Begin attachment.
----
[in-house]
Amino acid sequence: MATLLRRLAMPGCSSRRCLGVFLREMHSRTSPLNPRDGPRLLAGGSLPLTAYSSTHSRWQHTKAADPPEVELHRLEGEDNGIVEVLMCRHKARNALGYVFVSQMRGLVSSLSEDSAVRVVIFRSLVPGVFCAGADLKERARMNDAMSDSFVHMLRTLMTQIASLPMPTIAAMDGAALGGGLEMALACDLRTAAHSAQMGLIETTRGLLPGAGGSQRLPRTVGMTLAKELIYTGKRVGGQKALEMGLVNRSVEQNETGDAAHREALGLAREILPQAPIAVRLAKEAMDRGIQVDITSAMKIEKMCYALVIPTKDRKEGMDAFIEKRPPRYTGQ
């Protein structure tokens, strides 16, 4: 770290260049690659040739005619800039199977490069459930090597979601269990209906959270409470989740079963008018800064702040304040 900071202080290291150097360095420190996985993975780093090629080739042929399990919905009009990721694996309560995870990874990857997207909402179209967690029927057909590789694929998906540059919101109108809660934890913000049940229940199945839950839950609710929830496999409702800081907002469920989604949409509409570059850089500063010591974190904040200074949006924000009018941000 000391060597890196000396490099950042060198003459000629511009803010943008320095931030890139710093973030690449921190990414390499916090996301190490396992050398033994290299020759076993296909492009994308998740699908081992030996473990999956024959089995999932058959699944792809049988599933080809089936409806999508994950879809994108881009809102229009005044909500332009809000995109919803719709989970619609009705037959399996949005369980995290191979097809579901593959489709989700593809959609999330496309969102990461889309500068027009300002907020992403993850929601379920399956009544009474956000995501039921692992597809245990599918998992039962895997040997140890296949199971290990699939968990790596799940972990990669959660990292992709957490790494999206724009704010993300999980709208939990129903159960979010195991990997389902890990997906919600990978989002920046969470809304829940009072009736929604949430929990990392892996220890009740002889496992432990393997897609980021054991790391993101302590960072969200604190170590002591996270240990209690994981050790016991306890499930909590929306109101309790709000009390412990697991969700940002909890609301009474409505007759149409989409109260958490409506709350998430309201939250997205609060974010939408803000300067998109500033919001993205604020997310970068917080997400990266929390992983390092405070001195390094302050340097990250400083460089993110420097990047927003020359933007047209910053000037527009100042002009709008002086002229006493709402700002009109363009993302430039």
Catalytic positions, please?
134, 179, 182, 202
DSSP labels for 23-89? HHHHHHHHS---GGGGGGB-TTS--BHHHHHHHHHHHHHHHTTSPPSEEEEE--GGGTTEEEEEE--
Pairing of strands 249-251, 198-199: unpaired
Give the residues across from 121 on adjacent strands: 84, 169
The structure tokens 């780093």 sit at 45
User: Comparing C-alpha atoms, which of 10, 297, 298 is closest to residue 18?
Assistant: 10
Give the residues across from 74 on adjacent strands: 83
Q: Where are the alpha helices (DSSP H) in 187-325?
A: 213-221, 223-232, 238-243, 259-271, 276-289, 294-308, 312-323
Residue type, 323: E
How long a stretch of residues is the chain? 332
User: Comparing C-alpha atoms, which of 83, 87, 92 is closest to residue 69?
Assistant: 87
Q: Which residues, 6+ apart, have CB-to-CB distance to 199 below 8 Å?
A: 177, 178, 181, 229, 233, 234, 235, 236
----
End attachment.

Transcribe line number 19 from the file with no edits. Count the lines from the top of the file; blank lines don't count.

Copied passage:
Q: Which residues, 6+ apart, have CB-to-CB distance to 199 below 8 Å?